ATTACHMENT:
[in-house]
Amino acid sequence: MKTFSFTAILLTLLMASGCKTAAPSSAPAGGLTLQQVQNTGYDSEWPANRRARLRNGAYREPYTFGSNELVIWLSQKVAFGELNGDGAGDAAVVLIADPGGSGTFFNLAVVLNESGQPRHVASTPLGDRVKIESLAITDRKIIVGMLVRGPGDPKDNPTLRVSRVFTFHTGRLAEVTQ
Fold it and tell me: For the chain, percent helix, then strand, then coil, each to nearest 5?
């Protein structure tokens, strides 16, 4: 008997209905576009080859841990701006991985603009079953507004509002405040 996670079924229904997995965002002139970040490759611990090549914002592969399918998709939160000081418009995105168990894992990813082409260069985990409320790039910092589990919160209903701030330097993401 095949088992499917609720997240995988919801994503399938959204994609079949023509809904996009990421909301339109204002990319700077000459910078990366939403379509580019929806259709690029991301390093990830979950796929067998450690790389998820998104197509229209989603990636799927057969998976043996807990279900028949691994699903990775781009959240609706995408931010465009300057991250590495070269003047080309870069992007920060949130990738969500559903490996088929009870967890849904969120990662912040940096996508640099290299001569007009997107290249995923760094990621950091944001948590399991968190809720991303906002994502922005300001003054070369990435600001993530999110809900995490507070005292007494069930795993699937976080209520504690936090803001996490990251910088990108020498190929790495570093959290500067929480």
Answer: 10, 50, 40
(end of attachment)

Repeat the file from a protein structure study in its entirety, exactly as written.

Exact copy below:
[in-house]
Amino acid sequence: MKTFSFTAILLTLLMASGCKTAAPSSAPAGGLTLQQVQNTGYDSEWPANRRARLRNGAYREPYTFGSNELVIWLSQKVAFGELNGDGAGDAAVVLIADPGGSGTFFNLAVVLNESGQPRHVASTPLGDRVKIESLAITDRKIIVGMLVRGPGDPKDNPTLRVSRVFTFHTGRLAEVTQ
Fold it and tell me: For the chain, percent helix, then strand, then coil, each to nearest 5?
């Protein structure tokens, strides 16, 4: 008997209905576009080859841990701006991985603009079953507004509002405040 996670079924229904997995965002002139970040490759611990090549914002592969399918998709939160000081418009995105168990894992990813082409260069985990409320790039910092589990919160209903701030330097993401 095949088992499917609720997240995988919801994503399938959204994609079949023509809904996009990421909301339109204002990319700077000459910078990366939403379509580019929806259709690029991301390093990830979950796929067998450690790389998820998104197509229209989603990636799927057969998976043996807990279900028949691994699903990775781009959240609706995408931010465009300057991250590495070269003047080309870069992007920060949130990738969500559903490996088929009870967890849904969120990662912040940096996508640099290299001569007009997107290249995923760094990621950091944001948590399991968190809720991303906002994502922005300001003054070369990435600001993530999110809900995490507070005292007494069930795993699937976080209520504690936090803001996490990251910088990108020498190929790495570093959290500067929480």
Answer: 10, 50, 40